Friday, July 29, 2016

Review of The Memory of Things, by Gae Polisner

Before I get started on my review, here is the jacket copy, from Goodreads:

The powerful story of two teenagers finding friendship, comfort, and first love in the days following 9/11 as their fractured city tries to put itself back together.

On the morning of September 11, 2001, sixteen-year-old Kyle Donohue watches the first twin tower come down from the window of Stuyvesant High School. Moments later, terrified and fleeing home to safety across the Brooklyn Bridge, he stumbles across a girl perched in the shadows. She is covered in ash and wearing a pair of costume wings. With his mother and sister in California and unable to reach his father, a New York City detective likely on his way to the disaster, Kyle makes the split-second decision to bring the girl home. What follows is their story, told in alternating points of view, as Kyle tries to unravel the mystery of the girl so he can return her to her family. But what if the girl has forgotten everything, even her own name? And what if the more Kyle gets to know her, the less he wants her to go home? The Memory of Things tells a stunning story of friendship and first love and of carrying on with our day-to-day living in the midst of world-changing tragedy and unforgettable pain—it tells a story of hope.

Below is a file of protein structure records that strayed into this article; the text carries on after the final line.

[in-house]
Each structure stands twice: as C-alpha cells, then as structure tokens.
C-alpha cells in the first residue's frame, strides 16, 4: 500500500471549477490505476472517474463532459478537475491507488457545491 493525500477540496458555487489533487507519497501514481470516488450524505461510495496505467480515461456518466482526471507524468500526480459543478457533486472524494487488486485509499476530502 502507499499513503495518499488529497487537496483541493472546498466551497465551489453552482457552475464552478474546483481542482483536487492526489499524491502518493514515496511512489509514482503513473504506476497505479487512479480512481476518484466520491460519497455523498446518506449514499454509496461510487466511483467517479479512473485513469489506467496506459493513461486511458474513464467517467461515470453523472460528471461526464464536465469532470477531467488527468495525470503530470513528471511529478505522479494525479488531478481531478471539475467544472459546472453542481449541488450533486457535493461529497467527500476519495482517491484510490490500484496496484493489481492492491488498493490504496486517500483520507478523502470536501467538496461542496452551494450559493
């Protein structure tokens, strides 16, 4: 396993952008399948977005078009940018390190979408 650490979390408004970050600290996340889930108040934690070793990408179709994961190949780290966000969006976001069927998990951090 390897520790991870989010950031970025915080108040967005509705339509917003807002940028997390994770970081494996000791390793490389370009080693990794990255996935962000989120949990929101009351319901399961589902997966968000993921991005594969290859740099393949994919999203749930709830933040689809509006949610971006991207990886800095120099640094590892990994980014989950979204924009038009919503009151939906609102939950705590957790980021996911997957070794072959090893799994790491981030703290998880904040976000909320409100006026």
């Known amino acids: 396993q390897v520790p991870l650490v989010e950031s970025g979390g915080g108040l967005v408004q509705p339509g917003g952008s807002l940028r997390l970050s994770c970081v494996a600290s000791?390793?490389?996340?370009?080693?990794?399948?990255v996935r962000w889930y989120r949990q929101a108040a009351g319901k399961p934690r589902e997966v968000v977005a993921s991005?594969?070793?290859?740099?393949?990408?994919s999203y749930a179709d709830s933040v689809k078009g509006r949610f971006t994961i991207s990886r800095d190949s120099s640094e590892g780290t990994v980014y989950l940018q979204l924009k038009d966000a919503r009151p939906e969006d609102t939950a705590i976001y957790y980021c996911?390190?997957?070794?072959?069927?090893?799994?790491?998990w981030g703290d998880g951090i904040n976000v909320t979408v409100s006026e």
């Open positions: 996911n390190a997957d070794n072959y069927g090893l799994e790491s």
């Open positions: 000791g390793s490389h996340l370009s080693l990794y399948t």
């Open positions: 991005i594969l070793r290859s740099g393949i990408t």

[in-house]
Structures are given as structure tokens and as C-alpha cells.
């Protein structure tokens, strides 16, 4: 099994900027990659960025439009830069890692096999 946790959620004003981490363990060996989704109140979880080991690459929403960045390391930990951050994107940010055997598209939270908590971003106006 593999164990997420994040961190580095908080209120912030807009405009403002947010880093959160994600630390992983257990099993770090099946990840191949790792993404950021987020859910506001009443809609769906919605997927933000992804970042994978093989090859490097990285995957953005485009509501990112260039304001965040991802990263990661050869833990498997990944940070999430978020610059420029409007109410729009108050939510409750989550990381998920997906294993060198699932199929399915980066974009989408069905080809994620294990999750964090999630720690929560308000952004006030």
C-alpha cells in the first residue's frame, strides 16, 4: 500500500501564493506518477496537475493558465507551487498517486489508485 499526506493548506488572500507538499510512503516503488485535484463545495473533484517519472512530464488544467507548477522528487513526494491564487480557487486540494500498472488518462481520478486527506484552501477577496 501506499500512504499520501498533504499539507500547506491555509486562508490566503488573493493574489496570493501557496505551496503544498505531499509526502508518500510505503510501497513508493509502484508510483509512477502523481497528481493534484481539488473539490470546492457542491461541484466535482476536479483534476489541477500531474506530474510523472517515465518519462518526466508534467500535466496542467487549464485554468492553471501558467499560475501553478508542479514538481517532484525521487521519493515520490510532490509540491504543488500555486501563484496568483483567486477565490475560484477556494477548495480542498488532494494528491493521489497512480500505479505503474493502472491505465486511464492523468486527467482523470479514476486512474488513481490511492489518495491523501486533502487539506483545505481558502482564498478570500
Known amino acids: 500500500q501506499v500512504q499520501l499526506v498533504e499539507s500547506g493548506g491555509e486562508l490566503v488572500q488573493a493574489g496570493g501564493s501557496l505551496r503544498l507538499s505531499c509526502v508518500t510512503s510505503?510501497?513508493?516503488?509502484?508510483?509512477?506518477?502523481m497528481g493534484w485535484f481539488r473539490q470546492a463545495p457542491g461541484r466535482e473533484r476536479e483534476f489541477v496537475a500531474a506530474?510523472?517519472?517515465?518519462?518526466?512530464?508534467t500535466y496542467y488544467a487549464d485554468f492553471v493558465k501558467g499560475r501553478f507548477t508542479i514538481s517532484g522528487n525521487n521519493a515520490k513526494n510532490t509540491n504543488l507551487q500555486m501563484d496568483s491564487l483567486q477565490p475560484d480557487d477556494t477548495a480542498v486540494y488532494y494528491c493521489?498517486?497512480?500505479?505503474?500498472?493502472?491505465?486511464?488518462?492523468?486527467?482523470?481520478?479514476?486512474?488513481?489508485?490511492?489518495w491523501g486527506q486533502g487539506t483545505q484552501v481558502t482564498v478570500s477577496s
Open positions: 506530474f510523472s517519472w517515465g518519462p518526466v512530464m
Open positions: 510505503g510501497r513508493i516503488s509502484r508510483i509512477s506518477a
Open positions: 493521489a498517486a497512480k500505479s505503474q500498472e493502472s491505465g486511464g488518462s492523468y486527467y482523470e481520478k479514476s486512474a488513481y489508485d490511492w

THE MEMORY OF THINGS, by Gae Polisner is one of the best young adult novels I have ever read. It's poignant, and powerful, and oh so painful. It's told in this brilliant kind of uneven, stumbling rhythm to the prose that would probably ruin the pacing of most stories, but works wonders for this tale, leaving you feeling like you're reading wounded, crawling haphazardly away from the wreckage of your own despair.

We all remember 9/11, but there are many points view through which that horror can be recalled, and Kyle and his silent, nameless friend's are simultaneously two of the most harrowing and deeply moving lenses through which to recall those memories. This isn't so much a story about that disaster, or about tragedy in general, as it is a story about hope, and how the power of human kindness, and the resilience of mankind's spirit allows us to survive almost anything, and then, with time, eventually heal.

It's not the most exciting or epic tale, told almost exclusively from Kyle and his friend's points of view, almost the only two characters in the novel with speaking parts, and it almost all takes place in side of Kyle's little apartment in Brooklyn, and yet the emotions and the truths and the interactions of the characters are as grand and as sweeping, and more importantly-as authentic, as any narrative.

Anyway, assuming, with the obvious caveat of the potential trigger warning for anyone who lived through it, I simply cannot recommend this book highly enough. It touched me deeply, and I believe it will move you too.

You can find out more about Gae Polisner, on: